Cryptocurrencies Can Now Be Monitored By European Union Regulatorsbr>
The European Parliament has passed the European Union’s Fifth Anti-Money Laundering Directive that allows authorities to monitor cryptocurrency.
The Fifth Anti-Money Laundering Directive is part of the European Commission’s Action Plan of February 2016 to strengthen the fight against terrorist financing. It sets out a series of measures to better counter the financing of terrorism. It was passed by the Parliament on June 19 and published in Official Journal L156 of the European Union.
Under the new directive, Financial Intelligence Units (FIU) will be allowed access to information which will enable them to associate cryptocurrency addresses to the identity of the owner of the virtual currency. The goal of the new directive is to prevent risks associated with the use of virtual currencies for terrorist financing and to ensure increased transparency of financial transactions.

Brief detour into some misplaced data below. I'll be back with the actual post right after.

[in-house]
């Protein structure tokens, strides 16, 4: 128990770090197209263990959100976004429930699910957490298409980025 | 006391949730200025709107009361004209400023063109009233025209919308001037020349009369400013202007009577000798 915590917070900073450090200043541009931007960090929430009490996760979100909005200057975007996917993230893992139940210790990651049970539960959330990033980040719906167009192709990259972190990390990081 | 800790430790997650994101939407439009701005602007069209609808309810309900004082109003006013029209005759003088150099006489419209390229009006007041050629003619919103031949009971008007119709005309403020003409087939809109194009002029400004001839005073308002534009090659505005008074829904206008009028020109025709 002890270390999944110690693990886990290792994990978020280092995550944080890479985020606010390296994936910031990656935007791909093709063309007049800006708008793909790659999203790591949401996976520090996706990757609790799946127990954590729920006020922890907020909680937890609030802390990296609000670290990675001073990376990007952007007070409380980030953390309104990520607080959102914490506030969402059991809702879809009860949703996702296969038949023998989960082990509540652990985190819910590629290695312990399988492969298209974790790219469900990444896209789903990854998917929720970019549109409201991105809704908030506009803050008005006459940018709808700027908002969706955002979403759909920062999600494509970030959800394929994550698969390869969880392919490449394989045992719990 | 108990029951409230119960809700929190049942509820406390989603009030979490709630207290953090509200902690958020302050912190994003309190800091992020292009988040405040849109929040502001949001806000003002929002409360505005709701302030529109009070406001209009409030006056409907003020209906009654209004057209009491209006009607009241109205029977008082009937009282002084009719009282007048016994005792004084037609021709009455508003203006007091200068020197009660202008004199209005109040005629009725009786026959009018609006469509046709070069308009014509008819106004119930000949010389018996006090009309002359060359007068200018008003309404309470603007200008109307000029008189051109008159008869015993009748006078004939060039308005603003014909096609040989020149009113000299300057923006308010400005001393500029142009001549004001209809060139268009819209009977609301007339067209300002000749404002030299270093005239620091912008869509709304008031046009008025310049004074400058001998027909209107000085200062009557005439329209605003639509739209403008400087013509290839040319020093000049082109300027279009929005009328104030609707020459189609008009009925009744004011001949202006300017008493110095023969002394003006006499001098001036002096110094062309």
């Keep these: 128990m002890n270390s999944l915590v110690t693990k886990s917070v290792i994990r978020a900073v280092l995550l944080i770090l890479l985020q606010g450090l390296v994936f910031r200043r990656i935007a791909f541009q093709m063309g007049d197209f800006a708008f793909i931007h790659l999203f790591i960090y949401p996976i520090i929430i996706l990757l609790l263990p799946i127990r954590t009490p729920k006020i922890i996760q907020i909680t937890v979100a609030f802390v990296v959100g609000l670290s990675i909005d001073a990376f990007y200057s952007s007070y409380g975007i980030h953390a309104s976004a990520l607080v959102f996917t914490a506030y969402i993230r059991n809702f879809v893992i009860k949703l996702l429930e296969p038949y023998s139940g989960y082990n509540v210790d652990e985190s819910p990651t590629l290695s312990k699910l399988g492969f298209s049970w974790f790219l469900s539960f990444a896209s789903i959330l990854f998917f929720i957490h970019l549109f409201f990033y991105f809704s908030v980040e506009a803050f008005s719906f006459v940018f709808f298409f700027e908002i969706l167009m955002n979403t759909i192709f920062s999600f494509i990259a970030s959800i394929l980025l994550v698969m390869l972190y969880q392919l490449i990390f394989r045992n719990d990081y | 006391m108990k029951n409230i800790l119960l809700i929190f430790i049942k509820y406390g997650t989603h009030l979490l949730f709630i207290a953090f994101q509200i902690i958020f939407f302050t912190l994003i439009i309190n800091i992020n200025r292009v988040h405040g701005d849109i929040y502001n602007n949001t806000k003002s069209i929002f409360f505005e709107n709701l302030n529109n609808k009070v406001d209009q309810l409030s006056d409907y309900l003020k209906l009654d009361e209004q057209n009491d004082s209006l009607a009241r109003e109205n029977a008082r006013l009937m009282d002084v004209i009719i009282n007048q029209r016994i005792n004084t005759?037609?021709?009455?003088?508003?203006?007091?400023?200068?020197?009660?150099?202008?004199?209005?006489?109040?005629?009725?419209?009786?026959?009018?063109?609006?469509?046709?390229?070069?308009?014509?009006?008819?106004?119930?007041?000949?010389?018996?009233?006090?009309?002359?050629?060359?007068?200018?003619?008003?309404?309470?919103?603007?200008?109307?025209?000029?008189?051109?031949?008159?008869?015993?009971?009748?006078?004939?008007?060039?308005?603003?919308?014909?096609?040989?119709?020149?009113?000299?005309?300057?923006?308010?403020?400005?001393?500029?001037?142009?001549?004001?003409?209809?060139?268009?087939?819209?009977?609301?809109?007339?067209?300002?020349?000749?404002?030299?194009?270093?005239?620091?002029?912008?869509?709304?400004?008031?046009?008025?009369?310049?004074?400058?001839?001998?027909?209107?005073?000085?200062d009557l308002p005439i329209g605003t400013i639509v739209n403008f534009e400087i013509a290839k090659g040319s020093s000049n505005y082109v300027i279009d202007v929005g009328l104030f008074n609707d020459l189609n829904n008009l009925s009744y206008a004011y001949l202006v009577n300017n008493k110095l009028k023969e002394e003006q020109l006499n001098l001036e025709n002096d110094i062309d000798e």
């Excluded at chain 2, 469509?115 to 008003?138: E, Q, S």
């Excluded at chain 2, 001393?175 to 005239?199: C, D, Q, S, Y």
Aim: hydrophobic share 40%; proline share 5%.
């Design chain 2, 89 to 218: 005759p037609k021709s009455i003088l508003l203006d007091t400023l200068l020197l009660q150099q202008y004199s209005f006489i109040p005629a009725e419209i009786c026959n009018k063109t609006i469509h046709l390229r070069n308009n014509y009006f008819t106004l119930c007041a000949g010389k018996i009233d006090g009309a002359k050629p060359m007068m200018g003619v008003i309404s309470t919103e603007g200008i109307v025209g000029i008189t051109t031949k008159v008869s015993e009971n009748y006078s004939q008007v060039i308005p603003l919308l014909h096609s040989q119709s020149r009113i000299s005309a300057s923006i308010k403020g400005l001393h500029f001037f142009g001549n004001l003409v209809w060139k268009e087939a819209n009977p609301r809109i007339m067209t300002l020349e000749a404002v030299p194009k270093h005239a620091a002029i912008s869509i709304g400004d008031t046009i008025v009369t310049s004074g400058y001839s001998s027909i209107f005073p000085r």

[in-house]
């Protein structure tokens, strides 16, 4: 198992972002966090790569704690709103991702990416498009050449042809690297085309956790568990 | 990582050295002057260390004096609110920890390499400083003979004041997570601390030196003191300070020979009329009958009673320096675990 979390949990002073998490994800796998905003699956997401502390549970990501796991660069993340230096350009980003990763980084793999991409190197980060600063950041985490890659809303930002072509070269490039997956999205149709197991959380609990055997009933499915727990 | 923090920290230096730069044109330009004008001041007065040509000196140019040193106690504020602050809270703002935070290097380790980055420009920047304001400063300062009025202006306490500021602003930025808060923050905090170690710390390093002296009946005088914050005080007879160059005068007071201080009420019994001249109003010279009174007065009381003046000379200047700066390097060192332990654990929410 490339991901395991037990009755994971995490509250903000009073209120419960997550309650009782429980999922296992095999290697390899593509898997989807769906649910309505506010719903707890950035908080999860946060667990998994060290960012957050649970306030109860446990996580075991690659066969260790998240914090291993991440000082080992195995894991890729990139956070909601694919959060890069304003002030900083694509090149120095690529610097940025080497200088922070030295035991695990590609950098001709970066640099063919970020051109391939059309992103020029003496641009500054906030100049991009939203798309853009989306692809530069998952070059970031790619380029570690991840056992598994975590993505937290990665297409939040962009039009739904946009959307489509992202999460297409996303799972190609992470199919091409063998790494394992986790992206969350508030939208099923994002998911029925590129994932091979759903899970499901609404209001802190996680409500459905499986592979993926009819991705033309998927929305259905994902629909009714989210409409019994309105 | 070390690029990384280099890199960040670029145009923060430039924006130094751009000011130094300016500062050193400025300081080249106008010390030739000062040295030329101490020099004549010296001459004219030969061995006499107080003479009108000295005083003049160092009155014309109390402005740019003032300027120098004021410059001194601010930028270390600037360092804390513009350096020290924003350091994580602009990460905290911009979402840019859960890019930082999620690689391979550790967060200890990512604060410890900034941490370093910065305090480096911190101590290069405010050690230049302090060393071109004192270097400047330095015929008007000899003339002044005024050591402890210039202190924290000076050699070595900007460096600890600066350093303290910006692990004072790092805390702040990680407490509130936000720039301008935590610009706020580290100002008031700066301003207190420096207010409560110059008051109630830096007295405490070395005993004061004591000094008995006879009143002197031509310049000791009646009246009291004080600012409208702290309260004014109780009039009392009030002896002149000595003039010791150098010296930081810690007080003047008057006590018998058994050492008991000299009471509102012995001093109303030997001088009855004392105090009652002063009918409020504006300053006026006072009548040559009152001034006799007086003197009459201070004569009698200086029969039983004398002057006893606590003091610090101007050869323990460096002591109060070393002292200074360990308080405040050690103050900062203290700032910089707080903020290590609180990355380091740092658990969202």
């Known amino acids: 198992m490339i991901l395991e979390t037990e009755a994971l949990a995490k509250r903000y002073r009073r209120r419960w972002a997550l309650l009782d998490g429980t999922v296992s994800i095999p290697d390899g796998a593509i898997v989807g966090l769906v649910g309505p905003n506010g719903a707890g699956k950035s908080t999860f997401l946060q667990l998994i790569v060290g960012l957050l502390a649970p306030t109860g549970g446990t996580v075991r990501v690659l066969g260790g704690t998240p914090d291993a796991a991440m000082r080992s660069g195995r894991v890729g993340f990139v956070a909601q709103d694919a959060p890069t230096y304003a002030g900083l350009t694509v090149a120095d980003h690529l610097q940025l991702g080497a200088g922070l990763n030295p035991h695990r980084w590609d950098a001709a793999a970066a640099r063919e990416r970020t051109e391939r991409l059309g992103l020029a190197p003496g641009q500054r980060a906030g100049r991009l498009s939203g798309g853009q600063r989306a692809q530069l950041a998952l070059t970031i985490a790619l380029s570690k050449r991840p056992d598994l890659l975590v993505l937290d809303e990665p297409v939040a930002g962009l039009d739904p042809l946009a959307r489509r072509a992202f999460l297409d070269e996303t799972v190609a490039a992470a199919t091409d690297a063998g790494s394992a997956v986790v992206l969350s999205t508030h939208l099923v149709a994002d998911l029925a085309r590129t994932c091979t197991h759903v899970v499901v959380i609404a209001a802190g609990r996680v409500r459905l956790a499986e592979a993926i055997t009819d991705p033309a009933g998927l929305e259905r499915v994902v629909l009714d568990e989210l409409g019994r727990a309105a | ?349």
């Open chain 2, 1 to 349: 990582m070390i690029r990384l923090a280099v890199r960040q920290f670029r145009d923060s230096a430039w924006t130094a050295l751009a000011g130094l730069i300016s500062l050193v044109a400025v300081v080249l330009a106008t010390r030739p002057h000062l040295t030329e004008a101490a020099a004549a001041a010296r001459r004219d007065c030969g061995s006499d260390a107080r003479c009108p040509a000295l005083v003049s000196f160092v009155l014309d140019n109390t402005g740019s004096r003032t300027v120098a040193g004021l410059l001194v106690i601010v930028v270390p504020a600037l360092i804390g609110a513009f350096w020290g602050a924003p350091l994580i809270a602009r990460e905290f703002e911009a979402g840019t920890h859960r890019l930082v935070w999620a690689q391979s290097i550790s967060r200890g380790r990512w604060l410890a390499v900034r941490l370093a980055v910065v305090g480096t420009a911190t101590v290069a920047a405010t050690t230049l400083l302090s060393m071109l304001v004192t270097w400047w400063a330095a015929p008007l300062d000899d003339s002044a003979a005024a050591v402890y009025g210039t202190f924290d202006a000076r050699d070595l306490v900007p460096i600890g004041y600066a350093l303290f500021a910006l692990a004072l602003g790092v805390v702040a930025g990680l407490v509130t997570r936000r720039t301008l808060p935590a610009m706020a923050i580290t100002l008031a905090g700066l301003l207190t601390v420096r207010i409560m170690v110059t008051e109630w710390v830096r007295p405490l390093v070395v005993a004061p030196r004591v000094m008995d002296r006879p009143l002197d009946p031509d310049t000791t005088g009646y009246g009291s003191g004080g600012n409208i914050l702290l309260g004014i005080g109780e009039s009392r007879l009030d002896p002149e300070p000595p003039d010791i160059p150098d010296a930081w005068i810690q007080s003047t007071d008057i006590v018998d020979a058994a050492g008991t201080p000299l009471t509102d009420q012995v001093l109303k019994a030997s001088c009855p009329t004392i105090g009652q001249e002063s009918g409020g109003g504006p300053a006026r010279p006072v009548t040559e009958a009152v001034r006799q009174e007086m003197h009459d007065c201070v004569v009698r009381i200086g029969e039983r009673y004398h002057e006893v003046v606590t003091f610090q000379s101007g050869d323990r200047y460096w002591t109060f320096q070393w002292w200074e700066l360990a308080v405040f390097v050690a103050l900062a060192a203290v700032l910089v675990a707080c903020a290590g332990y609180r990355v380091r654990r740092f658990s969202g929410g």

“For the purposes of anti-money laundering and countering the financing of terrorism (AML/CFT), competent authorities should be able, through obliged entities, to monitor the use of virtual currencies,” the directive said. “Such monitoring would provide a balanced and proportional approach, safeguarding technical advances and the high degree of transparency attained in the field of alternative finance and social entrepreneurship.”
The new directive, however, said that the crypto field will remain largely anonymous, and the regulators will examine the possibility of self-reporting in the future. EU Member states has been given 18 months to transpose the new rules into their national legislation.